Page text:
What goes around comes around, and that applies to this column, too. One of my first extolled the benefits of medicinal chest rubbing to deal with coughs and a snotneus – a snotty nose. And in the depths of last winter I described the arrival of the H3N2 flu virus – where did that go to? What brings all this to mind was my daily mingling with the masses as I travelled to work this morning: opposite me sat a woman kneading her mobile with two hands and coughing regularly. Holding my breath was not an option, so I suffered in silence, breathing shallowly. Well, not really in silence, for all around I could hear other insidious coughings, all heralding the resurfacing of A/H1N1 flu, or swine flu – varkensgriep. The precautions – voorzorgsmaatregelen shown on the flu campaign’s poster do sound rather obvious, but not everyone seems to have got the message. So at the risk of boring you, here goes. The first piece of advice is was regelmatig je handen – wash your hands regularly. I understand this to mean frequently, and it’s no bad advice. The second one is for many of my fellow travellers: bedek je mond en je neus met een papieren zakdoekje wanneer je niest – cover your mouth and nose with a tissue when you sneeze. And then gooi je

zakdoekjes zorgvuldig weg – throw your tissues away carefully, rather than stuffing them into your pocket for the rest of the week. No words here for those who still use pressed and ironed handkerchiefs embroidered with their initials. And if no hanky is to hand: heb je geen zakdoekje bij de hand, bedek dan je mond en je neus – then cover your mouth and your nose. So sleeves are permissible. And perhaps the best advice: blijf thuis als je ziek bent – stay at home if you’re ill. At the foot of the poster just to drive the message home comes the chilling line: deze eenvoudige voorzorgen kunnen levens redden – these simple precautions can save lives. All of which makes taking the morning train sound like attempted suicide. Of course it could all be another example of crying wolf and de Mexicaanse griep could pass as a footnote. Yet it’s probably best to be safe than sorry. And the symptoms? Well, koorts – fever, spierpijn – muscular pain, hoofdpijn – headache. And if you are struck down, de ziekte kan langer dan een week duren – the illness can last for more than a week. Having just read this through again, I’m beginning to feel a bit fluish. Look out for a notice in next week’s edition.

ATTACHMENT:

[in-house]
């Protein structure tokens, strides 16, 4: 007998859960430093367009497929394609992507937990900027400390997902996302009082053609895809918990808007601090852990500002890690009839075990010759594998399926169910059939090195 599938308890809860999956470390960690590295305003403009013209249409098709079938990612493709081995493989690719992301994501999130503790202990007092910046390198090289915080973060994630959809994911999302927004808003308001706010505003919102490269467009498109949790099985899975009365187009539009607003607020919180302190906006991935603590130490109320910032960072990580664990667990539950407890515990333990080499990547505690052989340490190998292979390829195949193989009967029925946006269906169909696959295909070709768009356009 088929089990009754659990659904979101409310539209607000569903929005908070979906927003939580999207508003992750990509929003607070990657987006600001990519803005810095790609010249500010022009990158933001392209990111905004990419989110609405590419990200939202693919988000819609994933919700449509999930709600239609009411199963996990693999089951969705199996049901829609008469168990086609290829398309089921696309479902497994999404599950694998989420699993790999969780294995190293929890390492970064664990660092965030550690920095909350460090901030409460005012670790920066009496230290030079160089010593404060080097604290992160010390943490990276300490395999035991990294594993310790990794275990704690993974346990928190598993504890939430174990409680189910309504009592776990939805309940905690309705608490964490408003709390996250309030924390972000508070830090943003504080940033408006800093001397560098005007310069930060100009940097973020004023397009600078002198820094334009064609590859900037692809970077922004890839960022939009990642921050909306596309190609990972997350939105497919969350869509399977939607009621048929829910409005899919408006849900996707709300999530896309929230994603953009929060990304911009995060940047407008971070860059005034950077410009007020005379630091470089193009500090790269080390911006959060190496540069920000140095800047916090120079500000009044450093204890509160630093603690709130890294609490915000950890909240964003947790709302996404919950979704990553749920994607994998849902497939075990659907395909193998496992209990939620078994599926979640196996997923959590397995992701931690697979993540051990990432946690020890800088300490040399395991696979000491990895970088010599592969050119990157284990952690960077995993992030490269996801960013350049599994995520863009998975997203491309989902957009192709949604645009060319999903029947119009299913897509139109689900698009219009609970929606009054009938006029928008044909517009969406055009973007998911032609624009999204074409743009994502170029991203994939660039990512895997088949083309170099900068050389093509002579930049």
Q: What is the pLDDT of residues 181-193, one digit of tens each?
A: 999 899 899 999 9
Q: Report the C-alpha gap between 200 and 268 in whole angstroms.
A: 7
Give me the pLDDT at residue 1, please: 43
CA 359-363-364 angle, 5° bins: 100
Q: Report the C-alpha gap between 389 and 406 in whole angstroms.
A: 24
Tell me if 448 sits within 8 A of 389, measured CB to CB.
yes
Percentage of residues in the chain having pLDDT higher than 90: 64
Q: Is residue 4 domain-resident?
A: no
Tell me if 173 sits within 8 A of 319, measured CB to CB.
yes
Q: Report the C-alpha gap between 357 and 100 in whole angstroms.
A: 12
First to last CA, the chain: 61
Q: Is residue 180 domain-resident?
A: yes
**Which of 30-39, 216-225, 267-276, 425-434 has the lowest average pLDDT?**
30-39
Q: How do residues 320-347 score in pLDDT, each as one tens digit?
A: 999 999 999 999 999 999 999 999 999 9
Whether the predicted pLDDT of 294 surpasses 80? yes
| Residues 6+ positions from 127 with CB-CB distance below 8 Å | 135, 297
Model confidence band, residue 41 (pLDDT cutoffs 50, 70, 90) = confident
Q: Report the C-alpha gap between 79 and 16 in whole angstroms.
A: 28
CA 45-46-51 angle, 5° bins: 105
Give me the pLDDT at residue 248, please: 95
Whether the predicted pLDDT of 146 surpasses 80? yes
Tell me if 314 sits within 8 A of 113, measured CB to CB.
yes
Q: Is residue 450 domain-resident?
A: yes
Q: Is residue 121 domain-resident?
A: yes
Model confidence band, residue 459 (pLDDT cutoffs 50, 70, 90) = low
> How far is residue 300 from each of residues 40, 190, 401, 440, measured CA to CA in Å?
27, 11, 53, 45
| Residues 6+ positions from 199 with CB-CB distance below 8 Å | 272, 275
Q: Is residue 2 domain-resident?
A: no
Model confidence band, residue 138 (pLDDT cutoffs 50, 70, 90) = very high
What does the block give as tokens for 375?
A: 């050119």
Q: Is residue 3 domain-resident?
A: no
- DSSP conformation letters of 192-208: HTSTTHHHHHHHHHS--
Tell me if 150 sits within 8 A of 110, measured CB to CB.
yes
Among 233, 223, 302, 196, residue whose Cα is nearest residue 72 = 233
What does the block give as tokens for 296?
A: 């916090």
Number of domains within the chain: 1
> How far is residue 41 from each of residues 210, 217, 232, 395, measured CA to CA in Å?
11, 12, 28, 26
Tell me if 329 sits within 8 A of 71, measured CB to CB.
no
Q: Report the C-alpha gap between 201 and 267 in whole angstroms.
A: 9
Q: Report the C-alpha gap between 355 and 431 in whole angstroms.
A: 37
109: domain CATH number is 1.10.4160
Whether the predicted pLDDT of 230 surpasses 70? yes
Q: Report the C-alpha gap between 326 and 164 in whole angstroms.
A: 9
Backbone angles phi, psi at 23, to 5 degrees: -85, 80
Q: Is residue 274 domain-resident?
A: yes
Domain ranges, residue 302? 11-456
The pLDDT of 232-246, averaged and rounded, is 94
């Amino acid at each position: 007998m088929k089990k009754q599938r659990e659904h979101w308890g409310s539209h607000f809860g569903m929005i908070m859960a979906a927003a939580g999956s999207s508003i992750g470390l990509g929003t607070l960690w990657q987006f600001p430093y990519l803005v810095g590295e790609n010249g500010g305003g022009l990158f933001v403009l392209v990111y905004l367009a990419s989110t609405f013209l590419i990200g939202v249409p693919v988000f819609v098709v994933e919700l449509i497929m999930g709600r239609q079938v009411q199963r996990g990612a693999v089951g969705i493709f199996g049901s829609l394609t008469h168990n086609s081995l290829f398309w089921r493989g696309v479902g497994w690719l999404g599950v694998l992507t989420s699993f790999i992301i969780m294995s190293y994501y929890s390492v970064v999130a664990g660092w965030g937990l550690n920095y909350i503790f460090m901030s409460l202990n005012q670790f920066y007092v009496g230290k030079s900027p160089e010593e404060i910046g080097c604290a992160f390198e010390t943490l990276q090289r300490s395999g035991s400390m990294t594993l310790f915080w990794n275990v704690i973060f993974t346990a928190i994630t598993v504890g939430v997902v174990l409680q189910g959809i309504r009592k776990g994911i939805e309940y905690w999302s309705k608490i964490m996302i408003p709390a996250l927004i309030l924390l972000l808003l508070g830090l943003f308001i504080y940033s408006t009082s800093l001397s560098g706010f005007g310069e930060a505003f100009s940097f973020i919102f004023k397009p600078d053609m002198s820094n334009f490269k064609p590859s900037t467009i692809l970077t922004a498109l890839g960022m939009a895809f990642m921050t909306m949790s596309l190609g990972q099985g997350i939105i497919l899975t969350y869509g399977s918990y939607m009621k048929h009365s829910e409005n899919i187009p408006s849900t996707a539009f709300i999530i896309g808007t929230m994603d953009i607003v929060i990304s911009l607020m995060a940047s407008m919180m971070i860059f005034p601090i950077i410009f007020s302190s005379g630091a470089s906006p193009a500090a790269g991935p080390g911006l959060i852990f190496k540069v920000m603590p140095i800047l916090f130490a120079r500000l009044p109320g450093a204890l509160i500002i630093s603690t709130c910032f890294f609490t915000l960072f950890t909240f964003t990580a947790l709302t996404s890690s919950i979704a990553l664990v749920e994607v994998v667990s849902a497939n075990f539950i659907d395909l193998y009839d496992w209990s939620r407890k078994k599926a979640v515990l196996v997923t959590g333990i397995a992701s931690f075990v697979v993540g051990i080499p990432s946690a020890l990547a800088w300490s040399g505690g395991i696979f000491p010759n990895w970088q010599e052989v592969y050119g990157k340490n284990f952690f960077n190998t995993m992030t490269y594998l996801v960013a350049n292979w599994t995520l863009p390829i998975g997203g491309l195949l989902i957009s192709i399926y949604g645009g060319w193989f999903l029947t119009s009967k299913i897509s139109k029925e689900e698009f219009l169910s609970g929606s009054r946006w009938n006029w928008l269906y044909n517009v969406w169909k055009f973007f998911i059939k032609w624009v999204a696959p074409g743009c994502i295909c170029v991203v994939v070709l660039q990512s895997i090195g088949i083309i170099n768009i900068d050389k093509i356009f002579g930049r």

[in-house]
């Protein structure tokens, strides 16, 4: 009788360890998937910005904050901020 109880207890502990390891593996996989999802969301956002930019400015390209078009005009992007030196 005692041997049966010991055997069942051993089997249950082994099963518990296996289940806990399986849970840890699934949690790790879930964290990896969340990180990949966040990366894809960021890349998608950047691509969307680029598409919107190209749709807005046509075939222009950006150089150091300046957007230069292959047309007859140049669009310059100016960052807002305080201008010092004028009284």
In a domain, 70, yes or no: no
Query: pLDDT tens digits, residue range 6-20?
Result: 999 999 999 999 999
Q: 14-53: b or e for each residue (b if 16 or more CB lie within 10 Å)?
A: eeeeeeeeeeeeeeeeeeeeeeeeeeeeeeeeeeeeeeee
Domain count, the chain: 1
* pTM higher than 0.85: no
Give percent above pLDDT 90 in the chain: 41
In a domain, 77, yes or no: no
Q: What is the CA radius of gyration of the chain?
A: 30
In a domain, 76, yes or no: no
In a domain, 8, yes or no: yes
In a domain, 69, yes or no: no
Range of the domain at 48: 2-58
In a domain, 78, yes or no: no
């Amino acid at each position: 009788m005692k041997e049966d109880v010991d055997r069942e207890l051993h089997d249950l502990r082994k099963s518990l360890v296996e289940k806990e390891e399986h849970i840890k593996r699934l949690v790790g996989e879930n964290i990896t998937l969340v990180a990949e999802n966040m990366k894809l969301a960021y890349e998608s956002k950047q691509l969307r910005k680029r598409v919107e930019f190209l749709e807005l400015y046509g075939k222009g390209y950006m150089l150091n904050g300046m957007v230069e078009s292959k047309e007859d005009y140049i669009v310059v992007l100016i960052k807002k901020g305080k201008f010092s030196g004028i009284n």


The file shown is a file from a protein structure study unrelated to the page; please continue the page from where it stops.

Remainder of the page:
➟ ➟ www.influenza.be

The last word  Great grapes

The road to Tremelo

“We’ve never had grapes of this quality before. Since the end of July we’ve had practically no rain, so diseases have been under control.” Guy Geunis, wine producer, who is looking forward to a bumper vintage in Limburg this year

“When I was five my mother put me on a plane to Hawaii. Little did I know I was on my way to Molokai to spend the rest of my life. Now I’m 68, and at least I can get to see Belgium. What a beautiful country.” Leprosy victim Norbert Kaamayo, who visited Father Damien’s native village of Tremelo last weekend

Shifting the blame “Every time there’s an incident, the prosecutor says, it’s the fault of the foreigners’ service, or the prison service, or the police, or social services, or the judge, or the legislator, or even the justice minister. It’s never the fault of the prosecutor.” Socialist politician Renaat Landuyt, who has written a book on the blunders of the justice system

Wild West Flanders “We’re not living in the Wild West. What happened tonight goes much too far.” Lieven Lybeer, mayor of Kortrijk, after a drive-by gun battle between motorcycle gangs


Ft 2009 41